If your character is seeing something that simply doesn't exist in the real worId, as a filmmaker, you can still lead the audience to believe that isn't the case. Ultimately, you want your audience to be asking the same questions as your character—is that person really there, or am I crazy? CineFix refers to this as "posing subjectivity as reality," and it comes up again and again in their video.
Cinematic memories can twist, turn, fold back on themselves, omit, enhance, and distort, much like those of the human mind.
8. Mental illness
When you have a protagonist who's struggling with mental illness, you don't want to settle for simply showing how they look; rather, you want to show how it feels to be them. How do you visually represent a mental disease? The answer is clearly rooted in the symptoms. Once you've decided how to let these symptoms live on screen, you're well on your way to developing your character's subjectivity.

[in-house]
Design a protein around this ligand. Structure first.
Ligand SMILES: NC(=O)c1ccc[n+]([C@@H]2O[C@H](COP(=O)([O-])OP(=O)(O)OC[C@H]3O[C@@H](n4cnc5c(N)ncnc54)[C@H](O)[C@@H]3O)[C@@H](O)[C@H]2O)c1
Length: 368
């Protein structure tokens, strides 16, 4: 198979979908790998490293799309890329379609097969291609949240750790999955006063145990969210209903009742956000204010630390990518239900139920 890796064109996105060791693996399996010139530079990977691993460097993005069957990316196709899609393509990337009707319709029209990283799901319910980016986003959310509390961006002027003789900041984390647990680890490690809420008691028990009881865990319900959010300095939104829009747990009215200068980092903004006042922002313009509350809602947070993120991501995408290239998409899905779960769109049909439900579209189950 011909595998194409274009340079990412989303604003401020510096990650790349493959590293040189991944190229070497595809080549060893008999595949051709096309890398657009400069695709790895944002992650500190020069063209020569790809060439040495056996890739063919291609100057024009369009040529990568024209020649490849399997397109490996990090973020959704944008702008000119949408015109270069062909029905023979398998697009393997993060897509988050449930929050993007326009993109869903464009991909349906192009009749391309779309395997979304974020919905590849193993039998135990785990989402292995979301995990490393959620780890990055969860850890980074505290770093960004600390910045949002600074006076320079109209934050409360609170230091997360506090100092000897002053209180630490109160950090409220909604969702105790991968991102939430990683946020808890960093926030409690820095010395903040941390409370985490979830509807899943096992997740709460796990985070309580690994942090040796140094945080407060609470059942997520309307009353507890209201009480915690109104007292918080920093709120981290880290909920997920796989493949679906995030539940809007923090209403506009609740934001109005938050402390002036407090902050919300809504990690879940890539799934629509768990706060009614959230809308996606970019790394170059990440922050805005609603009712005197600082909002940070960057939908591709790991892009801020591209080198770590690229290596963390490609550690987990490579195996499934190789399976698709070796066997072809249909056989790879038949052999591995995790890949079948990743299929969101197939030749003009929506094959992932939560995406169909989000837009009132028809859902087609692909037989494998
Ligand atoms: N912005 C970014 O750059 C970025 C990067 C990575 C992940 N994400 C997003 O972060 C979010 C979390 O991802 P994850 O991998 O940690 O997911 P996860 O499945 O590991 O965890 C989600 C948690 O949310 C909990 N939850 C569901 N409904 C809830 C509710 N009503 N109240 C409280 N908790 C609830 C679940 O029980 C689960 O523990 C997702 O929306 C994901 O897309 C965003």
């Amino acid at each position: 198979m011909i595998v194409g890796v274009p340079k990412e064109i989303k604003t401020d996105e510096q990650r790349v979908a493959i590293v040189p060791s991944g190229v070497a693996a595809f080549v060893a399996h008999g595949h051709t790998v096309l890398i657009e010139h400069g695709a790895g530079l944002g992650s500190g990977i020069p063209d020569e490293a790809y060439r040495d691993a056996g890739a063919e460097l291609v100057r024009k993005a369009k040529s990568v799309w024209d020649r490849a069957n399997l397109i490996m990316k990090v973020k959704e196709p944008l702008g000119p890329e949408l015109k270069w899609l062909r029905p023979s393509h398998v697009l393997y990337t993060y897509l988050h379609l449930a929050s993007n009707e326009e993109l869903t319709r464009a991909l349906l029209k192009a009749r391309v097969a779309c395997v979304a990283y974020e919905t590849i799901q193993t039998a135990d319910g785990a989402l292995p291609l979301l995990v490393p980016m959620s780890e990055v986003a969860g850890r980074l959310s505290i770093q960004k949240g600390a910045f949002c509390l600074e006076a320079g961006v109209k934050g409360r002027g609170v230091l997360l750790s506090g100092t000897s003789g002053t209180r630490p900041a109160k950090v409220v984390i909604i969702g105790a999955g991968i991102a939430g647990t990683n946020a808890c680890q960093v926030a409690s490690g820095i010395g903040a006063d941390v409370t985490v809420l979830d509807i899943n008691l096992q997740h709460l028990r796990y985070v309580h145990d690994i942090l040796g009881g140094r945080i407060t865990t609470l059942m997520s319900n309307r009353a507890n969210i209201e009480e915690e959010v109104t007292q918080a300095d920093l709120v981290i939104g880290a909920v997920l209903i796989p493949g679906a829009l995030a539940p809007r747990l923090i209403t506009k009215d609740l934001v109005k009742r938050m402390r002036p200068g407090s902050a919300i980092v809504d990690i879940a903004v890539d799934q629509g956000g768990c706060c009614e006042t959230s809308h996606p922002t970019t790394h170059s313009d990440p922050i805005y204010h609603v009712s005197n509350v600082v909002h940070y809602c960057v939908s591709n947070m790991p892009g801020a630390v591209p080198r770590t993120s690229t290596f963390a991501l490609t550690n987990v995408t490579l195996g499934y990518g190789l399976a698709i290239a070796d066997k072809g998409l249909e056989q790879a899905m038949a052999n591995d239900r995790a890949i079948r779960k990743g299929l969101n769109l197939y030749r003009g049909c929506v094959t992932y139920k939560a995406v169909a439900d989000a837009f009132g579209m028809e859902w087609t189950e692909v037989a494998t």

'Fear and Loathing in Las Vegas' Credit: Universal Pictures
Many characters, at some point in their story, are drunk or on drugs. Now, do you want the audience to feel like they are watching a caricature of intoxication, or do you want them to feel as if they are intoxicated, too? It's easy to recreate the visuals of inebriation; most of us have been there, so the audience will be quick to understand. For example, you can employ dissolves, fades, or superpositions to simulate a bad case of the spins. You can increase contrast and color to evoke psychedelics. How about crazy quick cut editing and fast zooms to show that your character's on cocaine? Again, it's all in the symptoms.
If your character has a great imagination, it can quite literally blend into the world around them such that the world visually reflects the stories they believe in their mind. In the words of Cinefix, "the stories [characters] tell seep into their realities until they're living in them." In film, these stories can be beautiful or terrifying examples of unrelenting imagination. They are explorations into the fissure between what we believe, what we say, and what the world objectively is. As writer or director, your choices allow you to play around with how fiction can alter truth—and vice versa.
"Enter the Void" Credit: Wild Bunch Distribution